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Phil Stephenson, a Certified Public Accountant and former Republican County Chairman, is dedicated to the examination of waste and fraud in government. As the only practicing CPA in the Texas House, he brings a much needed business and financial perspective to state financials. He presently serves on the Pensions, Investments and Financial Services Committee and Corrections. His past committee appointments have been Ways and Means and Government Efficiency and Reform, as well as Vice Chair of IFS and Chairman of Bond Indebtedness.
Stephenson was first elected State Representative of House District 85 in 2012. He has served without interruption to the present. House District 85 includes all of Jackson and Wharton counties and south Fort Bend.
Phil Stephenson has been a practicing Certified Public Accountant with his own firm since 1976. After graduating in 1969 from Texas Tech, Stephenson moved to Dallas after he was hired by a national firm. In 1974 Stephenson relocated to Wharton, where three years later he opened his own practice. He and his late wife Barbara, raised their two children, Scott and Allison (both CPA’s), in Wharton County. In November of 2019 he married his wife Sue Stephenson
In addition to the complex matters of state financing, Stephenson’s focus has been on shoring up unfunded liabilities in public retirement, particularly teacher retirement. Reducing property taxes is also a top priority. Stephenson filed legislation in 86th legislature to subsidize a healthy portion of school property taxes on residential homesteads with sales tax. Stephenson had a major legislative victory in the 86th legislature with HB 191, which establishes a statewide collection program for dangerous agricultural chemicals.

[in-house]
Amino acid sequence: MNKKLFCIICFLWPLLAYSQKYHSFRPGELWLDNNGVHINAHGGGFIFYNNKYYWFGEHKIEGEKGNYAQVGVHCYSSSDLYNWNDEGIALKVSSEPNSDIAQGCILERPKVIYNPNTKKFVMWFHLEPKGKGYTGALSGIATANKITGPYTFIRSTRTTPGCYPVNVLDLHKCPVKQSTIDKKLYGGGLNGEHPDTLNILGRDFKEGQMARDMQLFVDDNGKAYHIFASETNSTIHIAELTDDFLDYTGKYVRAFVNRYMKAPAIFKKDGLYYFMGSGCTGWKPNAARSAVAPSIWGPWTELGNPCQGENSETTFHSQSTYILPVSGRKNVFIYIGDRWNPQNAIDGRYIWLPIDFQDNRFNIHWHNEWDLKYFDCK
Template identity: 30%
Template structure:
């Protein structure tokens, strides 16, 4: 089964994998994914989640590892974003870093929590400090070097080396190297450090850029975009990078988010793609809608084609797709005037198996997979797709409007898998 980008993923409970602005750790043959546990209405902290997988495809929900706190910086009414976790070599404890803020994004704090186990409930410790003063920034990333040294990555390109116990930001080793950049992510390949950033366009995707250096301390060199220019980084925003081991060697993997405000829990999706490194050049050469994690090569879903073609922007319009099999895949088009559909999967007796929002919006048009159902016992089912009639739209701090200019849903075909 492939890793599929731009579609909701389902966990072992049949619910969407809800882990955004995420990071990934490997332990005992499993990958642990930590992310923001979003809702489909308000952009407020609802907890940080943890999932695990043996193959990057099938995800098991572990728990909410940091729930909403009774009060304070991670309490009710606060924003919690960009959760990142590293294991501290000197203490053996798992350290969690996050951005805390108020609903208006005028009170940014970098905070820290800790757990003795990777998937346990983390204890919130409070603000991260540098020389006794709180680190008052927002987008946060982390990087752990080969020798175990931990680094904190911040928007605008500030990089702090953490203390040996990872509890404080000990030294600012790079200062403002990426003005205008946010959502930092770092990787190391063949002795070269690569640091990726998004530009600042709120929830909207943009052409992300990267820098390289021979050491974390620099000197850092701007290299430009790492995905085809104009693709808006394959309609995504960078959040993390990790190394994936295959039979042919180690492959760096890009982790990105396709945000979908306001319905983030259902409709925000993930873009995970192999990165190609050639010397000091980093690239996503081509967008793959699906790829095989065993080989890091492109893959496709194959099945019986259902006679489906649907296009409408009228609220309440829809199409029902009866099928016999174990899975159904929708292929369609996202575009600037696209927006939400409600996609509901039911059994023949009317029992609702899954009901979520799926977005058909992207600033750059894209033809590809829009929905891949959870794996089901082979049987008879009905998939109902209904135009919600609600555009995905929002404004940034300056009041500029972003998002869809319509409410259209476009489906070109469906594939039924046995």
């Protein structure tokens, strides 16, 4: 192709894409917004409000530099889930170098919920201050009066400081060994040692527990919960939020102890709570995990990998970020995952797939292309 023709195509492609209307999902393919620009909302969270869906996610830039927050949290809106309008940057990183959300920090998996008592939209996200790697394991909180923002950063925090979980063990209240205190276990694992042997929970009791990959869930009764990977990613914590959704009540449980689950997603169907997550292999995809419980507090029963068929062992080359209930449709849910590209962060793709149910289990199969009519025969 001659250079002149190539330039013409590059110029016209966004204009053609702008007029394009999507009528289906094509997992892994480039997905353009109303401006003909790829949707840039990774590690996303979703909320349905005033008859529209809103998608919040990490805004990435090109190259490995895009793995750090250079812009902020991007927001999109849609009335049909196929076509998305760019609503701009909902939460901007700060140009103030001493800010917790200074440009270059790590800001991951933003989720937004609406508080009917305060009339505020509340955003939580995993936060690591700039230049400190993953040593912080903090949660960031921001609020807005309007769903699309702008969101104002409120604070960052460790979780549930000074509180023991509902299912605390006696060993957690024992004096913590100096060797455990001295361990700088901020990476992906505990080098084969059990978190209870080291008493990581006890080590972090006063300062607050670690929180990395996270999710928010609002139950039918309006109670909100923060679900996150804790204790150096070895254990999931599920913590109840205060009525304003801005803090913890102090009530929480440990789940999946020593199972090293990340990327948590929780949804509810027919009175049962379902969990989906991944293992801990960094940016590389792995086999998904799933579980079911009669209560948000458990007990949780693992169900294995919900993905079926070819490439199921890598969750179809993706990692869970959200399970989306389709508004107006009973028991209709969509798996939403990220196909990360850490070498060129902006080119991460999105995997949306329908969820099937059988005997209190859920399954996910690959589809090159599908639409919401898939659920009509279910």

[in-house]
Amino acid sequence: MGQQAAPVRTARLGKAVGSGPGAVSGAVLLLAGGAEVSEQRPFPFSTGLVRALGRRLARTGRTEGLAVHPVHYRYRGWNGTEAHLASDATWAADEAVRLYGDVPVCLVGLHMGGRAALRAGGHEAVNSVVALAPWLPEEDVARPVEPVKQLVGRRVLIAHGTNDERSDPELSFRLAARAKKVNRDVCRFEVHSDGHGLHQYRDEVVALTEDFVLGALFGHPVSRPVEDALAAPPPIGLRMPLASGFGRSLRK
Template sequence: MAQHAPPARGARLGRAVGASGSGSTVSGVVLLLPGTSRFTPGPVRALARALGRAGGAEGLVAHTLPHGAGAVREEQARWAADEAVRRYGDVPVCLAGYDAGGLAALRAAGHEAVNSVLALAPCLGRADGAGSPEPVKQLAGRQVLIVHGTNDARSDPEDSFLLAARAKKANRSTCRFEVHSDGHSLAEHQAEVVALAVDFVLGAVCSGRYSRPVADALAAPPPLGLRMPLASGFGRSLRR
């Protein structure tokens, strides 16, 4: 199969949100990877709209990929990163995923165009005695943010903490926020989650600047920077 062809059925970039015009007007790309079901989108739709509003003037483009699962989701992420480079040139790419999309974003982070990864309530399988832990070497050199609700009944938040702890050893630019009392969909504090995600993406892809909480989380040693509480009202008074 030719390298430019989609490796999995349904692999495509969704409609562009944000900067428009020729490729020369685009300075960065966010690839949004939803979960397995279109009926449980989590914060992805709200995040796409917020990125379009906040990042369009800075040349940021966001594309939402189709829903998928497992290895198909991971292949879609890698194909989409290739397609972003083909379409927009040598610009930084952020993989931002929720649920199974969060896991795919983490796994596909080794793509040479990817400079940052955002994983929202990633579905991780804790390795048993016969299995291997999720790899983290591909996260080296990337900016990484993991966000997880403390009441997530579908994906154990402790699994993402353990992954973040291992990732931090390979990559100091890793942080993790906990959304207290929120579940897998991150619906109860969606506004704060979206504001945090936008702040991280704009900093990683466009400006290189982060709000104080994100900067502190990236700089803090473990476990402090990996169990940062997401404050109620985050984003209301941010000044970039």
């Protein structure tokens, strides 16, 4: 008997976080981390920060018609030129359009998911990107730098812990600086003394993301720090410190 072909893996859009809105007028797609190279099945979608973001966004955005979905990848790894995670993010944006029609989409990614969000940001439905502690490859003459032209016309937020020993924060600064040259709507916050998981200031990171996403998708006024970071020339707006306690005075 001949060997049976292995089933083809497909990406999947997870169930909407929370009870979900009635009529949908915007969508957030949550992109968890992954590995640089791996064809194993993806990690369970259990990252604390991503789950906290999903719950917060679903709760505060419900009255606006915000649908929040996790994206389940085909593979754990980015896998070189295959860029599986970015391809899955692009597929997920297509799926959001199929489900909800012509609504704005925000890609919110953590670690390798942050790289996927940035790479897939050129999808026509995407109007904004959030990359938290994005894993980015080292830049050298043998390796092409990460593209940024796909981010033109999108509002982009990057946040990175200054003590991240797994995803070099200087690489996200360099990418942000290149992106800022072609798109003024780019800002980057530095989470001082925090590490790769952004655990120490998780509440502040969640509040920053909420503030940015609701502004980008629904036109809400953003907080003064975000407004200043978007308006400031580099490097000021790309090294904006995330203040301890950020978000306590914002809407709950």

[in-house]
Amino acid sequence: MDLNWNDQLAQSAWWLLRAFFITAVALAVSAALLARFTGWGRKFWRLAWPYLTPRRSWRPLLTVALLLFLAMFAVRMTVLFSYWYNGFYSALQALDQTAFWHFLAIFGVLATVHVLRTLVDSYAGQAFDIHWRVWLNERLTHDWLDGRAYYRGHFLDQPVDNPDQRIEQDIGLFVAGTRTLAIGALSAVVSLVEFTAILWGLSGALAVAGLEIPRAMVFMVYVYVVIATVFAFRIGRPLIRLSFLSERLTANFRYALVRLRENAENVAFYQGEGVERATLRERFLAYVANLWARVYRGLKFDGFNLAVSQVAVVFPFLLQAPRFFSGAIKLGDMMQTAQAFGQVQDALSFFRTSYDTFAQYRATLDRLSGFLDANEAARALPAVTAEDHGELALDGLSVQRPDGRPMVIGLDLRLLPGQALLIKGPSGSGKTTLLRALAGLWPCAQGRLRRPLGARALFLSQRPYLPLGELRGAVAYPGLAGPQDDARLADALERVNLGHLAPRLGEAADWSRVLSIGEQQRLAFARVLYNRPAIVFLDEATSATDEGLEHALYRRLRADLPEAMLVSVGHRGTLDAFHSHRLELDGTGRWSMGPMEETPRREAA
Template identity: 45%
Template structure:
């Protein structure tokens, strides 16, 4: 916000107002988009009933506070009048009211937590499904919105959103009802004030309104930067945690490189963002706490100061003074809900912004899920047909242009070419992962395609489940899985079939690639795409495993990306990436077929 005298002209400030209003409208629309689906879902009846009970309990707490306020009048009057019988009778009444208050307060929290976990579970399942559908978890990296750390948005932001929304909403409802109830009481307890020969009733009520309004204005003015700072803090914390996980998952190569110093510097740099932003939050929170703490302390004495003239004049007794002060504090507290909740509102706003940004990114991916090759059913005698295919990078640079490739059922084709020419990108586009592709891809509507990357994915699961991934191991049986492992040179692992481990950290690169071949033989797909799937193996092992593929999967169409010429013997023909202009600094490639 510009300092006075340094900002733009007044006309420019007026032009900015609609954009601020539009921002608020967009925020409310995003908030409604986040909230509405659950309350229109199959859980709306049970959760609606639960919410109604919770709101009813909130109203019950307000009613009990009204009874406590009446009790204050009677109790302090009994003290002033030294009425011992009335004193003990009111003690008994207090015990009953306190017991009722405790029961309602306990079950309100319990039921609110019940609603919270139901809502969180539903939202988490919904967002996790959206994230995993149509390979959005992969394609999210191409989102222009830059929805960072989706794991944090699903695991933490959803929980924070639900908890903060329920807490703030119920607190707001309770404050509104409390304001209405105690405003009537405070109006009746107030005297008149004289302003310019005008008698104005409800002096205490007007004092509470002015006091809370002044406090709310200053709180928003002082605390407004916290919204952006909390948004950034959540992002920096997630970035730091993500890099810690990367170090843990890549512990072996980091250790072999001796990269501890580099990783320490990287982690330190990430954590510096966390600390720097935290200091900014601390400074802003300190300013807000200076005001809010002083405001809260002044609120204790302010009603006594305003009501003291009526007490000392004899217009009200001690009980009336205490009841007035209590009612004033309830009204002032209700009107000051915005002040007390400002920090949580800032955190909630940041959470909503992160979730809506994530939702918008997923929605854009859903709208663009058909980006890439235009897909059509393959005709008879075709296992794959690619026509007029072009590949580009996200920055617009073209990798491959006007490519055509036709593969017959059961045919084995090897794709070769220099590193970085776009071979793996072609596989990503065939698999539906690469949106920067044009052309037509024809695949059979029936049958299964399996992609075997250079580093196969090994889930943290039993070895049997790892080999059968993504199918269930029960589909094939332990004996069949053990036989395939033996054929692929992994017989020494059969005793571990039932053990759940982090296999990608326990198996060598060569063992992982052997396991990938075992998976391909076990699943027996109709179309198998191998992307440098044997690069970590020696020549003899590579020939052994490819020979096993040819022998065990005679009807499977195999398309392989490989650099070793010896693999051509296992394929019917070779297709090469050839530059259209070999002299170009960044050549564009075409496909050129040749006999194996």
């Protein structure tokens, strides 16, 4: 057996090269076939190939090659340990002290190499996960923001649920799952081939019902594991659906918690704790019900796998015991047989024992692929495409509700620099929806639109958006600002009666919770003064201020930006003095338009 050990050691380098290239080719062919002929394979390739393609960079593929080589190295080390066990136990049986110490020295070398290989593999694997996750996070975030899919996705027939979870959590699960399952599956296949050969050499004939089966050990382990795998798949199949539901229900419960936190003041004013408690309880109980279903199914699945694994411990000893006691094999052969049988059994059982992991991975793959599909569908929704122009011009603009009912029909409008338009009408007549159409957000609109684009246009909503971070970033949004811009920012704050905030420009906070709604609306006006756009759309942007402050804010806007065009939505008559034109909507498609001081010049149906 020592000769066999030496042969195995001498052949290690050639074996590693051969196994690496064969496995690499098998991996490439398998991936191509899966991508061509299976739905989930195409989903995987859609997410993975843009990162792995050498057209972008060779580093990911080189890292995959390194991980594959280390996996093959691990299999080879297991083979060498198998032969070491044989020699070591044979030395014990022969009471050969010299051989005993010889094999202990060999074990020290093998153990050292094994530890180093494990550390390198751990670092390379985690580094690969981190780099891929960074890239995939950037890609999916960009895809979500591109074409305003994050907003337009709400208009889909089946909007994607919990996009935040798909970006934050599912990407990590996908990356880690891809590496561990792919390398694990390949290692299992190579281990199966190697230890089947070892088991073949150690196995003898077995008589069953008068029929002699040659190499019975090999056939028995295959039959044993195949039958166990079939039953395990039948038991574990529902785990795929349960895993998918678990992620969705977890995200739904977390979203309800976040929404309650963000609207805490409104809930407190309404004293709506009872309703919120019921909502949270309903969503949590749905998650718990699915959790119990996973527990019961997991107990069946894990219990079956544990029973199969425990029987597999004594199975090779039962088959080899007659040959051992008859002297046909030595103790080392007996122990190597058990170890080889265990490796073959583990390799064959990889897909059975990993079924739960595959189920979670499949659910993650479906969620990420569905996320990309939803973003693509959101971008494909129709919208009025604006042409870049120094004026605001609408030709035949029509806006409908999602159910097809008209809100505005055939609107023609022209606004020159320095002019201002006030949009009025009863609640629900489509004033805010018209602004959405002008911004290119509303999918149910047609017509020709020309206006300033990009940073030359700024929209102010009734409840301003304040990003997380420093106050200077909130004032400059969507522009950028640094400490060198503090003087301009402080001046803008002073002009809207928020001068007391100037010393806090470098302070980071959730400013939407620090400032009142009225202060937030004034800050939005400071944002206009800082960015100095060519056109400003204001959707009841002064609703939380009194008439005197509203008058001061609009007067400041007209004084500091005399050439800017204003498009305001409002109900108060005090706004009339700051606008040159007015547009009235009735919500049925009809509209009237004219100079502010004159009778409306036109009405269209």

Phil Stephenson’s interest in his community is not limited to politics alone. Elected to the Wharton County Jr. College Board of Trustees in 1996 (retiring in 2012 as Vice-Chair), Phil Stephenson was instrumental in the explosive growth of the college; which now sports three satellite campuses, including a partnership with the University of Houston in Sugar Land.
Phil is for meaningful property tax relief. As the only practicing CPA in the Texas House he understands that the main culprit in skyrocketing property taxes is school tax. School tax is made up of two components: Interest and Sinking Fund (bonded debt), and maintenance and operations (M&O). In the 86th Legislature Phil filed HB 3793, a bill that would in effect subsidize M&O taxes with exempt sales and use taxes. If passed, it would have significantly reduced property taxes for residential homesteads.
Phil believes that education is the foundation of prosperity, which is why he was an advocate of HB 3, which passed into law in the 86th Legislature. HB 3 is transformational school finance reform, devoting 4.5 billion to education reforms, 2 billion for dynamic teacher pay raises, and reducing recapture (Robin Hood) by 3.6 billion.
Agriculture is the second largest economic driver in the state of Texas. In the 86th Legislature Phil passed HB 191, an Ag pesticide disposal program. By establishing collection sites around the state, the program allows Ag producers to dispose of dangerous, unused, expired, or unwanted chemicals lawfully and at no charge to the producer. The program is paid for by Pesticide Registration Fees, paid by pesticide manufacturers.
Need more information on where Phil stands on the issues? Feel free to contact the campaign at any time!